I am a geomorphologist who is interested in the interactions between flow, form and process in fluvial and coastal systems. I am currently a post-doctoral research fellow in Earth surface processes and sedimentology at the University of Hull.  Over the past four years I have worked on the NERC funded STELAR-S2S project. This research is seeking to understand the relative importance of climate and autogenic controls on the delivery and storage of sediment in the world’s mega-rivers. The project involves collaboration with the Universities of Southampton, Exeter and Illinois, as well as fellow project partners in the USA, Cambodia and Finland.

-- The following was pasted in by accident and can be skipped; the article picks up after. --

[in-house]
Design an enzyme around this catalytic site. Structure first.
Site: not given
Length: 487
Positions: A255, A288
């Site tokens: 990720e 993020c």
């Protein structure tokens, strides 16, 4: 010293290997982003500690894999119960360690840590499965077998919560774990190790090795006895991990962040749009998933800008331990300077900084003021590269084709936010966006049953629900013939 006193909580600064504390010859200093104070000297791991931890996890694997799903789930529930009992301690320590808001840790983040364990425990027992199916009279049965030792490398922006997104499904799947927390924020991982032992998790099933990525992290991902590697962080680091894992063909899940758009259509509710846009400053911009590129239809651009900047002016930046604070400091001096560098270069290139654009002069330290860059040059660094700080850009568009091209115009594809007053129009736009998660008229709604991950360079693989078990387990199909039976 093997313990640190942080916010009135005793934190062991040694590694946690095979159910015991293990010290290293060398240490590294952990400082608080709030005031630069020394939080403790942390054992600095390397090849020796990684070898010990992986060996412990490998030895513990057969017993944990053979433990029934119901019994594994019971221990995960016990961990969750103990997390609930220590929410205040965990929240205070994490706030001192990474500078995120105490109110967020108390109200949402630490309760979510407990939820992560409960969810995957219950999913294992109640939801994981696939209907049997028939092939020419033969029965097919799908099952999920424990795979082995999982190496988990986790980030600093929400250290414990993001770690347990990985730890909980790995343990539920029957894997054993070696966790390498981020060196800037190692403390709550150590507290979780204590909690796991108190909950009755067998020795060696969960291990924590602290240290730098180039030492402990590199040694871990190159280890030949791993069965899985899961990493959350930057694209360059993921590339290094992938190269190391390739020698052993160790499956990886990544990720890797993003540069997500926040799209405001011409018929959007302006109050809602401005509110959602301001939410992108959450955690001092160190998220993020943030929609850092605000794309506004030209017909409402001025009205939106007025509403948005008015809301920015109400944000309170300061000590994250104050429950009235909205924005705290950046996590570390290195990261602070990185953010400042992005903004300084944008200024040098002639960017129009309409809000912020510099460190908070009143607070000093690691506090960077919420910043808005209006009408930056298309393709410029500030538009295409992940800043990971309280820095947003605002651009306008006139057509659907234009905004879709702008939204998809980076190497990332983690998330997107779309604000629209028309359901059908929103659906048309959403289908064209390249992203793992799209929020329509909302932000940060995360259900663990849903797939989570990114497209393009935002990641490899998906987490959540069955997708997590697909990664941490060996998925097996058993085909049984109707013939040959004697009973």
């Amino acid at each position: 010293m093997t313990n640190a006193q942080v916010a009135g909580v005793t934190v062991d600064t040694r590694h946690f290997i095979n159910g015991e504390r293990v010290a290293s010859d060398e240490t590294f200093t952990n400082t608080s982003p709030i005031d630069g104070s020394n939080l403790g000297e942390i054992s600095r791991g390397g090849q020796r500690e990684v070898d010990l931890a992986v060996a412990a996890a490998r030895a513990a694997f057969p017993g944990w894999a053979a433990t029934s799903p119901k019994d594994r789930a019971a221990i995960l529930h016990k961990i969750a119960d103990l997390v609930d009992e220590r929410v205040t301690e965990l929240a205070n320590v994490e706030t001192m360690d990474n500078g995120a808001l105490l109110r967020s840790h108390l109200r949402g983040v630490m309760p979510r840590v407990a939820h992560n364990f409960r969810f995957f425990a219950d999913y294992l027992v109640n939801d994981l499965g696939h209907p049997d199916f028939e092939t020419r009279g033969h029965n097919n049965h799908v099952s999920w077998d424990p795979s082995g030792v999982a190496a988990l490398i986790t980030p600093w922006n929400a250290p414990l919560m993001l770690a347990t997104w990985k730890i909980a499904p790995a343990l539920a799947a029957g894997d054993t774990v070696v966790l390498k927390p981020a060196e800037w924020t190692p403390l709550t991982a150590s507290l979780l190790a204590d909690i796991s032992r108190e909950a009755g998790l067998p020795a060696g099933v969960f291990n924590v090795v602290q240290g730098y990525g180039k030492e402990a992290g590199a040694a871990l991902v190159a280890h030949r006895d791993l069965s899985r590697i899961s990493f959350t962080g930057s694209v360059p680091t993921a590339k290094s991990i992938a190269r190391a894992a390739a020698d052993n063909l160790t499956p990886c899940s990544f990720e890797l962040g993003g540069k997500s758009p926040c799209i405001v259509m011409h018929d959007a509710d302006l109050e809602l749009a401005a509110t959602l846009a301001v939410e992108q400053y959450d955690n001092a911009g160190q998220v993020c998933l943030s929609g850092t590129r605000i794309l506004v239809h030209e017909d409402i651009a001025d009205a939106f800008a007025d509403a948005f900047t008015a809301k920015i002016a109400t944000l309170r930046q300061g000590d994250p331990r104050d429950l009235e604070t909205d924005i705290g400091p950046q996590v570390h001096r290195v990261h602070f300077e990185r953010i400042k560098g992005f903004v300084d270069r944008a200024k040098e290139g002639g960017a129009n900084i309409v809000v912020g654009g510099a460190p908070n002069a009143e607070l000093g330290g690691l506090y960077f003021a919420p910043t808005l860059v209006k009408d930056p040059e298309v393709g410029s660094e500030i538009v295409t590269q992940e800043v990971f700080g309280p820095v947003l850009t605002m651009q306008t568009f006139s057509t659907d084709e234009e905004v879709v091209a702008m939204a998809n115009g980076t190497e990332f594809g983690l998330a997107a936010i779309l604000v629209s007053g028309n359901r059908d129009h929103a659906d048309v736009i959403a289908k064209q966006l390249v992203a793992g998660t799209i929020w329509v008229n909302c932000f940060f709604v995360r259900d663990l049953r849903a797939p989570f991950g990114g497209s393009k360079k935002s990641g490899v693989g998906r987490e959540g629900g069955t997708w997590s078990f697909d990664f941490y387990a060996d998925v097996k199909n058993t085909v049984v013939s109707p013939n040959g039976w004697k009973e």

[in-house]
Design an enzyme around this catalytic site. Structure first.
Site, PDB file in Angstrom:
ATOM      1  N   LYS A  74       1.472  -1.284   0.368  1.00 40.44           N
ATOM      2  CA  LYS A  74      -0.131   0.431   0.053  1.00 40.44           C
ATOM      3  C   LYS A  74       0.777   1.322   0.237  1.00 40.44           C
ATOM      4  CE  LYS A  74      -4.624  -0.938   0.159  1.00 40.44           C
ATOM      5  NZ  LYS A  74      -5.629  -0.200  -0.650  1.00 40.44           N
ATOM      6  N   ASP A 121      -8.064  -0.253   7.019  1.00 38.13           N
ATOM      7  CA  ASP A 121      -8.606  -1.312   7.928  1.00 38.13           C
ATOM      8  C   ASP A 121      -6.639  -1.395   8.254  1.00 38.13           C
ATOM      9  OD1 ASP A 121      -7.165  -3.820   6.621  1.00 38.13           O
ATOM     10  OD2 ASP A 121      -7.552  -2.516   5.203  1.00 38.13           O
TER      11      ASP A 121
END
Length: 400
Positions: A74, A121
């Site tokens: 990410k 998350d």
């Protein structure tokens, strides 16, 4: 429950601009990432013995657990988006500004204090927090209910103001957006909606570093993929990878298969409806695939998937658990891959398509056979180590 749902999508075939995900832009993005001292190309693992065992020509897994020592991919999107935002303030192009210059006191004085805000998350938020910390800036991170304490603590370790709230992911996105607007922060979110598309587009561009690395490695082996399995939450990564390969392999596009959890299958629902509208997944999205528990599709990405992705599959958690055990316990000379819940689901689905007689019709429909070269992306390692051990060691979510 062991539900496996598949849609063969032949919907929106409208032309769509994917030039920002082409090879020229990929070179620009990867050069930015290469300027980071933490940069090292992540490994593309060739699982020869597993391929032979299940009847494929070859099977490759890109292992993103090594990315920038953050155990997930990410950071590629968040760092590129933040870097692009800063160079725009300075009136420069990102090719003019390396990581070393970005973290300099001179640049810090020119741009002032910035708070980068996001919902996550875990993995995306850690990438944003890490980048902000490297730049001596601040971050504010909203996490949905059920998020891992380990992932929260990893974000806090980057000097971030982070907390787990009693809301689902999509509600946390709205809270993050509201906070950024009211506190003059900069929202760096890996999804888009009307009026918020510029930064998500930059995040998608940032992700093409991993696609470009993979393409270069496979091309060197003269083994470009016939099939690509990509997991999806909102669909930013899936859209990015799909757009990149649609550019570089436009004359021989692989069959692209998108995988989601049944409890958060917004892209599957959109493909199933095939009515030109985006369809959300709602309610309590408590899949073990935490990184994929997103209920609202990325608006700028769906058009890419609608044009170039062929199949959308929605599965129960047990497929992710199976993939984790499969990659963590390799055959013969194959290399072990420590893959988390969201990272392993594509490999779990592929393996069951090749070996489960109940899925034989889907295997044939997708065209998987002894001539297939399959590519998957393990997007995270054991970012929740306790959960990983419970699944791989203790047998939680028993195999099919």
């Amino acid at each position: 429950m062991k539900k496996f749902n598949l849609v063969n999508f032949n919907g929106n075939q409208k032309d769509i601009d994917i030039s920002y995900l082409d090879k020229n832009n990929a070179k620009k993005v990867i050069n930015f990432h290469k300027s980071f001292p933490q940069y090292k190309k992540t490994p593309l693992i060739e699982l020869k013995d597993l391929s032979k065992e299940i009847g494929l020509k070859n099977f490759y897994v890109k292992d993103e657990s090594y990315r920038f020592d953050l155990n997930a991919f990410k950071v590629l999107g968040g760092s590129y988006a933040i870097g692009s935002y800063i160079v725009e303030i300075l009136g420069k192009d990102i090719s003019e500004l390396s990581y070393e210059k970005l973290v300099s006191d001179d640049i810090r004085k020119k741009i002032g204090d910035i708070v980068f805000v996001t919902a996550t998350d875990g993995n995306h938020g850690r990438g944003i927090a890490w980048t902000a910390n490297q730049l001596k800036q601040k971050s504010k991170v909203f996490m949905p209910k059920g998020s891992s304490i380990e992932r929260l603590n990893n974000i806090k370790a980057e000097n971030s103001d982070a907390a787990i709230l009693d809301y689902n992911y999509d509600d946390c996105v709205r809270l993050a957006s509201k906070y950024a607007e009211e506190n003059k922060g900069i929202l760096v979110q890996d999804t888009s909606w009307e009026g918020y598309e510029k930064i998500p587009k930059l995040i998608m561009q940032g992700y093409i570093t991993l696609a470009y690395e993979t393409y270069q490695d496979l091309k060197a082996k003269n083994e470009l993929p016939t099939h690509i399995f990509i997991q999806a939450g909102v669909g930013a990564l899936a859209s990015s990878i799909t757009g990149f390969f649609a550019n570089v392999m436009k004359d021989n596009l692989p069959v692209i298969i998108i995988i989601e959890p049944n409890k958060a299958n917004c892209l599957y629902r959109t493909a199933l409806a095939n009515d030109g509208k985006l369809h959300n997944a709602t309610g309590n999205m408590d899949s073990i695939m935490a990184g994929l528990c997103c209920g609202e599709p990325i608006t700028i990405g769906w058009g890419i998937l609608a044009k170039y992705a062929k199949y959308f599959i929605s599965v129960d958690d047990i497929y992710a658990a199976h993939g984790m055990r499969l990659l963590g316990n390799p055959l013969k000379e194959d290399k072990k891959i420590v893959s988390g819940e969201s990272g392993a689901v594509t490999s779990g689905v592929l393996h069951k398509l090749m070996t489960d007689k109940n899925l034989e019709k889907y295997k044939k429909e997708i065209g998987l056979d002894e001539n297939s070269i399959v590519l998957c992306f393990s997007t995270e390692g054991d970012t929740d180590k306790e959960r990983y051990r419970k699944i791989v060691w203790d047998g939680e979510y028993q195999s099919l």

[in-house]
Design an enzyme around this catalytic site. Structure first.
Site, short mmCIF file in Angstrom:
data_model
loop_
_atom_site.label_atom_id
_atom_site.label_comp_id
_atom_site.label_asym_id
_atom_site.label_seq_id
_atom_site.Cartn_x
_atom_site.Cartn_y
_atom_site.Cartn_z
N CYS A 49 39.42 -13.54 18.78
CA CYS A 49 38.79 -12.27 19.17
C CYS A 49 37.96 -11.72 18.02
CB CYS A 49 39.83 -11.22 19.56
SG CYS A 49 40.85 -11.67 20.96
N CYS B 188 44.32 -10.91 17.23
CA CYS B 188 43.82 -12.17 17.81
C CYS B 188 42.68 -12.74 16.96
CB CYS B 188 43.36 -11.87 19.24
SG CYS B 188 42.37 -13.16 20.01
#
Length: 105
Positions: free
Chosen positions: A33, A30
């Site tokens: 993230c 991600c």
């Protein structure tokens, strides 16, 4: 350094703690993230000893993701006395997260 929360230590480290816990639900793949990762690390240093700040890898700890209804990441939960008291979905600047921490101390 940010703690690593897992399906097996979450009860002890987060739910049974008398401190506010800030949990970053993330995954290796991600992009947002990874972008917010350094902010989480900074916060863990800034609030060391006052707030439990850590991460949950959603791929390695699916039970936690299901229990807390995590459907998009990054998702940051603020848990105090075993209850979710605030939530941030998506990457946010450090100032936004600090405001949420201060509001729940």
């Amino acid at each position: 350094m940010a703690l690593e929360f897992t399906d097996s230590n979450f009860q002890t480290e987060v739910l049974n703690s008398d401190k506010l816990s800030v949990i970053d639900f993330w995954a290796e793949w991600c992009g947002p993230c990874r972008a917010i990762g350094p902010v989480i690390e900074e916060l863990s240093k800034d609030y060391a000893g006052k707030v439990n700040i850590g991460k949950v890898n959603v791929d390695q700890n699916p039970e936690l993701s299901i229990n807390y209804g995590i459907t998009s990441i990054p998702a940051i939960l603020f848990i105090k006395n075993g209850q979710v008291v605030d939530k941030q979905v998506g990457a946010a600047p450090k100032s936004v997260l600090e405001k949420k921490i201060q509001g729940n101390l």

I undertook my PhD in Geography and Environment at the University of Southampton. My research looked into the effects of climate change and sea-level rise on the evolution of incised coastal channels. More specifically, it sought to understand the effects of future, anthropogenically induced, climate change on the evolution of a series of incised coastal channels along the SW Coast of the Isle of Wight (known locally as the Chines). This work was carried out under the supervision of Prof. Stephen Darby and Dr. Julian Leyland. The project was funded through the Environment Agency and the Isle of Wight Soft Cliffs and Chines Project. Details of the Soft Cliffs and Chines project can be found at www.iwchines.org.uk. I then started a post-doctoral position at Southampton working on the STELAR-S2S project. From December 2015 to August 2016 I was employed as a Lecturer in Geomorphology at the Univeristy of Southampton.

My other interests include understanding the interactions of coastal and terrestrial processes under scenarios of future climate change, and the morphodynamics of large rivers.